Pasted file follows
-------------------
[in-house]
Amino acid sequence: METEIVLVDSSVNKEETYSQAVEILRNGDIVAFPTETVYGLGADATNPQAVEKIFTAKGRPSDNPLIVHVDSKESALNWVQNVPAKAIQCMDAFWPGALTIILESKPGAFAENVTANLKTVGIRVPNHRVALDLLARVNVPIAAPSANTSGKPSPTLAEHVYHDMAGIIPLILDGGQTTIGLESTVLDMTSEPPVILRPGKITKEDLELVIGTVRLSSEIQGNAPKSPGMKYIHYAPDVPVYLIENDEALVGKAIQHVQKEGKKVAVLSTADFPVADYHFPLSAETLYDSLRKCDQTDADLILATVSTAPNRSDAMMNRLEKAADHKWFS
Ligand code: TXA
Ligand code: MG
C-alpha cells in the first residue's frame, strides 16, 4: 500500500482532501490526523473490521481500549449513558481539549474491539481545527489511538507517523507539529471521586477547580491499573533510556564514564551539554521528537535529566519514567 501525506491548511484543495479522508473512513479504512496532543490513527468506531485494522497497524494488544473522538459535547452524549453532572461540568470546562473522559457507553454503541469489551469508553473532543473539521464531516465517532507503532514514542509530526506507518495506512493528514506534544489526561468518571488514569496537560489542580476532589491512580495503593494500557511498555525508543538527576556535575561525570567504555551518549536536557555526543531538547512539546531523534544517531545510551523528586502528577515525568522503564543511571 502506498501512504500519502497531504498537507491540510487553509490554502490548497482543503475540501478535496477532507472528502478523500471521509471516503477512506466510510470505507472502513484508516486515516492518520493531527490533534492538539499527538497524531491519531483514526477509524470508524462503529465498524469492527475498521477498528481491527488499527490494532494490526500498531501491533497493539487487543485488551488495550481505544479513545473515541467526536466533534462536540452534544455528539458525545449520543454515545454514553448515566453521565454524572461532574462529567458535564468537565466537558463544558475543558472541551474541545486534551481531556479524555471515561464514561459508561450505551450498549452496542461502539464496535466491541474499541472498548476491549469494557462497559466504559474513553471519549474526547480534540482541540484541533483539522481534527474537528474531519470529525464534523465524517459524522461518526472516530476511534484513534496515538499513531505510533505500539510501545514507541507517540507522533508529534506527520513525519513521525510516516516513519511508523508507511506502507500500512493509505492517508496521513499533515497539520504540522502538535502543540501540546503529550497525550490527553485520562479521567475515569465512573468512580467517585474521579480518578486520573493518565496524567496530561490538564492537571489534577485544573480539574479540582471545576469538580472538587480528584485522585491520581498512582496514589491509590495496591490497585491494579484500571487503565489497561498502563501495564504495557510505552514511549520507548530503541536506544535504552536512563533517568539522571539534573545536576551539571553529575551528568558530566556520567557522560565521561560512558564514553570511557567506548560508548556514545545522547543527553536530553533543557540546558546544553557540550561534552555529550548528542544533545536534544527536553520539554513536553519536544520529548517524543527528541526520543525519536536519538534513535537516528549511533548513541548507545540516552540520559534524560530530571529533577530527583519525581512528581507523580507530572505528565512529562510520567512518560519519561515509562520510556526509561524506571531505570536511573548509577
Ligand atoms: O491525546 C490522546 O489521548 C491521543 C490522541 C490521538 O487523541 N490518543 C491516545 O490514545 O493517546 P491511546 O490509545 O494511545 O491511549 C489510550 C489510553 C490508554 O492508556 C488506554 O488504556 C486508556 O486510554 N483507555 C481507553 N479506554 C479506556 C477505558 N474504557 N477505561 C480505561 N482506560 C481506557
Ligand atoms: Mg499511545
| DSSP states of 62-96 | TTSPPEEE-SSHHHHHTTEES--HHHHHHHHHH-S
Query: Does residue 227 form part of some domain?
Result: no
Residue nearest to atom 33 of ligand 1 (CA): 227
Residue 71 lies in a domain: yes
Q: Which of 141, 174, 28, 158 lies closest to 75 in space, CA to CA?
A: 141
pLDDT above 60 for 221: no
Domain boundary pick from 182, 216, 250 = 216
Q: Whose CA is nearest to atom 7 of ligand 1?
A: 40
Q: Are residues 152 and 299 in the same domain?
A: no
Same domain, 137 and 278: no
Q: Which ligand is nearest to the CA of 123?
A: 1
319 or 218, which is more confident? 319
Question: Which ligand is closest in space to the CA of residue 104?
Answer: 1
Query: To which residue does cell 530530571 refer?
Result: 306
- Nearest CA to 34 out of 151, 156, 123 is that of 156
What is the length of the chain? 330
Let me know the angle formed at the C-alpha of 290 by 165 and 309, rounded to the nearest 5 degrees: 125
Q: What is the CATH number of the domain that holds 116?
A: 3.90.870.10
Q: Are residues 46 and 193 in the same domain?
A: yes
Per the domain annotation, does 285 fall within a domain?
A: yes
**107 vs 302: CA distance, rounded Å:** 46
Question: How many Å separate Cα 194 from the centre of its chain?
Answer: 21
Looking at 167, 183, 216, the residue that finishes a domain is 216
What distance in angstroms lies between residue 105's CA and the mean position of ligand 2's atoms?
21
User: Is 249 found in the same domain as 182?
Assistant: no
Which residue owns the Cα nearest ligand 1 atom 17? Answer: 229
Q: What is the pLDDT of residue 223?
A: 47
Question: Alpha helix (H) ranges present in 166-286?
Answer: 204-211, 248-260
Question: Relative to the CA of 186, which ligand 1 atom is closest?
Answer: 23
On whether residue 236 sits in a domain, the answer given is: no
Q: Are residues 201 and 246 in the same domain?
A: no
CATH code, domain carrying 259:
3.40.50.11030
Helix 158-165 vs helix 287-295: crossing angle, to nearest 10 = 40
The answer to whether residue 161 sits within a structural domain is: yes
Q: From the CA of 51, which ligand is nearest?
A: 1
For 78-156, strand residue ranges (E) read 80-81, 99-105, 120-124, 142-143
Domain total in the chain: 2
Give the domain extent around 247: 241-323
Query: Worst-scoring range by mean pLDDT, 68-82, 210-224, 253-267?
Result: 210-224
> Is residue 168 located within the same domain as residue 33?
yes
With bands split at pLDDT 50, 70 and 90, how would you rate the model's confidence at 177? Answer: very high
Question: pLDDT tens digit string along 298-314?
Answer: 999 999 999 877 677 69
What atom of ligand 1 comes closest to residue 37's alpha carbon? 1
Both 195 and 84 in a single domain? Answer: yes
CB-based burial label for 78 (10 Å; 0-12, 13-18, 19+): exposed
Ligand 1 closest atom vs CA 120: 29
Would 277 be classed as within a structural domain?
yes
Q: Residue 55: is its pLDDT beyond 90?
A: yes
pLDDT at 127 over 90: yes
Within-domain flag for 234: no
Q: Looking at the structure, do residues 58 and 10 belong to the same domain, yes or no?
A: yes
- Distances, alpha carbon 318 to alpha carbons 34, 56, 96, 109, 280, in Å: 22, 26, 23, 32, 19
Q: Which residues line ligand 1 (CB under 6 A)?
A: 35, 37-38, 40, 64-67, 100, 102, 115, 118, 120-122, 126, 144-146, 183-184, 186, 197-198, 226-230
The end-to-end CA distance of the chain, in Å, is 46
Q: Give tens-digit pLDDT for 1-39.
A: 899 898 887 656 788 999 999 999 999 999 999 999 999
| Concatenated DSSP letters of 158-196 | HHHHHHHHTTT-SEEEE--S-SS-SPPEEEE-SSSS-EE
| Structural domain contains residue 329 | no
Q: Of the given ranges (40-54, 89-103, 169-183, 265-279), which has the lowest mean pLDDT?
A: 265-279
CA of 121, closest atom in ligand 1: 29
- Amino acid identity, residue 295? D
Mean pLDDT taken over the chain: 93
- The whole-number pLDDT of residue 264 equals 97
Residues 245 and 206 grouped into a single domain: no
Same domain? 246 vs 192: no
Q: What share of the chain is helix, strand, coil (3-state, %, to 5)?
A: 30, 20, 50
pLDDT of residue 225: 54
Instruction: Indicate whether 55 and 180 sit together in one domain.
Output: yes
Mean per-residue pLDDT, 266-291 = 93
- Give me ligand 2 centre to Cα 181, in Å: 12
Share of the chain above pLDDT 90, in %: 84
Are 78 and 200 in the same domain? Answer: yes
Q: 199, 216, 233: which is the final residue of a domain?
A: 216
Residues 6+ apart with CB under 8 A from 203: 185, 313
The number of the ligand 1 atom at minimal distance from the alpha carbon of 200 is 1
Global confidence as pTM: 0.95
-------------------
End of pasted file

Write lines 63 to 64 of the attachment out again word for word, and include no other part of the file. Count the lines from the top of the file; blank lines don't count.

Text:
Domain total in the chain: 2
Give the domain extent around 247: 241-323